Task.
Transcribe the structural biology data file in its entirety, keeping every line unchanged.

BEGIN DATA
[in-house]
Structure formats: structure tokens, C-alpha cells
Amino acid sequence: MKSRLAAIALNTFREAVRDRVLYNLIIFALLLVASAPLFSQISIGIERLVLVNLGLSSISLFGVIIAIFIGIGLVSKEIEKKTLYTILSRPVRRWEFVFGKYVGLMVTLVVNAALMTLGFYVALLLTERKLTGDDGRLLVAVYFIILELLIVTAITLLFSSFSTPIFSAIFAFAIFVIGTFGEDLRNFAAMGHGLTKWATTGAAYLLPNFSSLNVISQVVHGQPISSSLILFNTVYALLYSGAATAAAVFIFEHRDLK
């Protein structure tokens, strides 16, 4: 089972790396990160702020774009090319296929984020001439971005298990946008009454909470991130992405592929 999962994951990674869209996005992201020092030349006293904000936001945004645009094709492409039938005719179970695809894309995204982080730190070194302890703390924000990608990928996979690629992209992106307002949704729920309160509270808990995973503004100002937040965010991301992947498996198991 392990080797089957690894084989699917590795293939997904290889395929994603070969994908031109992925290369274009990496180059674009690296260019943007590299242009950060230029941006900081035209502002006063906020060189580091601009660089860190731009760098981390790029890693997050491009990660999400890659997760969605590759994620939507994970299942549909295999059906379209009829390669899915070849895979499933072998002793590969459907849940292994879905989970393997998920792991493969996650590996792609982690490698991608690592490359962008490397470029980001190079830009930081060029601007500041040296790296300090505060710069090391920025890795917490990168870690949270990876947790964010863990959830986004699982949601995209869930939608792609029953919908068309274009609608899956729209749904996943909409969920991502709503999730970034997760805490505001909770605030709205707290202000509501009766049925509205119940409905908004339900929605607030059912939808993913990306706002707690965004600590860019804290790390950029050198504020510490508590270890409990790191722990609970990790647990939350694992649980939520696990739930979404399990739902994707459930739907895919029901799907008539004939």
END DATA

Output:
[in-house]
Structure formats: structure tokens, C-alpha cells
Amino acid sequence: MKSRLAAIALNTFREAVRDRVLYNLIIFALLLVASAPLFSQISIGIERLVLVNLGLSSISLFGVIIAIFIGIGLVSKEIEKKTLYTILSRPVRRWEFVFGKYVGLMVTLVVNAALMTLGFYVALLLTERKLTGDDGRLLVAVYFIILELLIVTAITLLFSSFSTPIFSAIFAFAIFVIGTFGEDLRNFAAMGHGLTKWATTGAAYLLPNFSSLNVISQVVHGQPISSSLILFNTVYALLYSGAATAAAVFIFEHRDLK
């Protein structure tokens, strides 16, 4: 089972790396990160702020774009090319296929984020001439971005298990946008009454909470991130992405592929 999962994951990674869209996005992201020092030349006293904000936001945004645009094709492409039938005719179970695809894309995204982080730190070194302890703390924000990608990928996979690629992209992106307002949704729920309160509270808990995973503004100002937040965010991301992947498996198991 392990080797089957690894084989699917590795293939997904290889395929994603070969994908031109992925290369274009990496180059674009690296260019943007590299242009950060230029941006900081035209502002006063906020060189580091601009660089860190731009760098981390790029890693997050491009990660999400890659997760969605590759994620939507994970299942549909295999059906379209009829390669899915070849895979499933072998002793590969459907849940292994879905989970393997998920792991493969996650590996792609982690490698991608690592490359962008490397470029980001190079830009930081060029601007500041040296790296300090505060710069090391920025890795917490990168870690949270990876947790964010863990959830986004699982949601995209869930939608792609029953919908068309274009609608899956729209749904996943909409969920991502709503999730970034997760805490505001909770605030709205707290202000509501009766049925509205119940409905908004339900929605607030059912939808993913990306706002707690965004600590860019804290790390950029050198504020510490508590270890409990790191722990609970990790647990939350694992649980939520696990739930979404399990739902994707459930739907895919029901799907008539004939």